In the story of the Trojan War, Prince Paris of Troy abducted Helen, the wife of the Greek King Menelaus, and returned with her to Troy. The Greeks attacked Troy which fell after 10 years. The ancient Greeks believed that the Trojan War was an historical event that had taken place in the 13th or 12th century BC but by modern times Troy was considered a myth. In the 19th century, however, after extensive research German archaeologist Heinrich Schliemann excavated several layers of the ancient city of Troy. He discovered some rich finds and photographed his much-younger wife, Sophia, in the “Treasure of Priam.”
The famous Greek marble Laocoön and his Sons (also called the Laocoön group), depicts the death of Laocoön, the Trojan priest of the god Poseidon and his two sons. Pliny the Elder (a first century AD writer and philosopher) attributed the work to the sculptors Agesander, Athnodoros, and Polydorus of Rhodes (a small Greek island in the eastern Aegean Sea) which is housed in the Vatican Museums in Rome.
In Greek stories relating the conquest of Troy, Laocoön warned the Trojans about bringing the Trojan horse into Troy, recommending that they burn it instead. His advice was the source of the well-known saying, “Beware of Greeks bearing gifts.” He was ignored and the Trojan Horse was brought into Troy. Later, the Greeks concealed within the Trojan Horse exited by a trapdoor, opened the gates to the Greek army, defeated the Trojans and destroyed the city.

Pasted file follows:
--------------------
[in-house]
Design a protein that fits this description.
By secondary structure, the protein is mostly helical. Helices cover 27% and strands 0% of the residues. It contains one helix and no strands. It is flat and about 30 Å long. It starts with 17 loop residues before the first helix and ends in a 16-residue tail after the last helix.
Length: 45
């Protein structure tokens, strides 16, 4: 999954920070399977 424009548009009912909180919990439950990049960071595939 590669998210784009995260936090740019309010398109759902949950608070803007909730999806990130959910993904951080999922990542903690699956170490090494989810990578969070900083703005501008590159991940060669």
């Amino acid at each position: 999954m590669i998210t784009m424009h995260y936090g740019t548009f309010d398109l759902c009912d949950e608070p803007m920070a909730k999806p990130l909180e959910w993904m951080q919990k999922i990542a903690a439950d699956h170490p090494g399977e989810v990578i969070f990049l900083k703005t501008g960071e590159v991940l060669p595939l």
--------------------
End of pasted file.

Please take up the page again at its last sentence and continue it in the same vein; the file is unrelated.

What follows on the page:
Laocoön, however, had already been punished by Poseidon for having a family or by one of the other gods who was offended by Laocoön’s advice on the Trojan Horse to the Trojans. Regardless, the three figures are contorted in pain horrified by what is happening to them. While they remain alive, they are as good as dead—and know it. Several pieces of the sculpture are missing and various pics and reconstructions over the centuries have proposed what the entire sculpture would look like.
Next week, more Laocoön. RitaBay